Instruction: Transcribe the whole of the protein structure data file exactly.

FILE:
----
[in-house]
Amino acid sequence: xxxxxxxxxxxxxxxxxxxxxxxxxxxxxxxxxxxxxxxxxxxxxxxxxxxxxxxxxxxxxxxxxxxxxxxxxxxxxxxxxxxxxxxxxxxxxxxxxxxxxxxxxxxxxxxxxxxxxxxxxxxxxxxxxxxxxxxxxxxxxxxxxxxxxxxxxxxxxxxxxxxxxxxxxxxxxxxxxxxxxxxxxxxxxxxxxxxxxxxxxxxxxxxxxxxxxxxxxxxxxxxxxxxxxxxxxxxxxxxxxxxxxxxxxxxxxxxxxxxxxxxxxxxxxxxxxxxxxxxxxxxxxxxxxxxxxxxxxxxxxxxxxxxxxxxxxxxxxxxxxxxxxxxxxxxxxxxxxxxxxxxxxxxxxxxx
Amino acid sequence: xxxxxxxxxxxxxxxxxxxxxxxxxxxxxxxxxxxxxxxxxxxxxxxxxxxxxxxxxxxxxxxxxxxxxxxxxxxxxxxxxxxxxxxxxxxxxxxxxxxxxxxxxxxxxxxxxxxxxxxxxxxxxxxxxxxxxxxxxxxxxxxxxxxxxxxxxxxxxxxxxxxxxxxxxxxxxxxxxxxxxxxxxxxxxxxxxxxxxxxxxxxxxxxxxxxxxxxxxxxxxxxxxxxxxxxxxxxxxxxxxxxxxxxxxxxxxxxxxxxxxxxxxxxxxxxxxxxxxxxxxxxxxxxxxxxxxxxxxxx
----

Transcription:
[in-house]
Amino acid sequence: xxxxxxxxxxxxxxxxxxxxxxxxxxxxxxxxxxxxxxxxxxxxxxxxxxxxxxxxxxxxxxxxxxxxxxxxxxxxxxxxxxxxxxxxxxxxxxxxxxxxxxxxxxxxxxxxxxxxxxxxxxxxxxxxxxxxxxxxxxxxxxxxxxxxxxxxxxxxxxxxxxxxxxxxxxxxxxxxxxxxxxxxxxxxxxxxxxxxxxxxxxxxxxxxxxxxxxxxxxxxxxxxxxxxxxxxxxxxxxxxxxxxxxxxxxxxxxxxxxxxxxxxxxxxxxxxxxxxxxxxxxxxxxxxxxxxxxxxxxxxxxxxxxxxxxxxxxxxxxxxxxxxxxxxxxxxxxxxxxxxxxxxxxxxxxxx
Amino acid sequence: xxxxxxxxxxxxxxxxxxxxxxxxxxxxxxxxxxxxxxxxxxxxxxxxxxxxxxxxxxxxxxxxxxxxxxxxxxxxxxxxxxxxxxxxxxxxxxxxxxxxxxxxxxxxxxxxxxxxxxxxxxxxxxxxxxxxxxxxxxxxxxxxxxxxxxxxxxxxxxxxxxxxxxxxxxxxxxxxxxxxxxxxxxxxxxxxxxxxxxxxxxxxxxxxxxxxxxxxxxxxxxxxxxxxxxxxxxxxxxxxxxxxxxxxxxxxxxxxxxxxxxxxxxxxxxxxxxxxxxxxxxxxxxxxxxxxxxxxxxx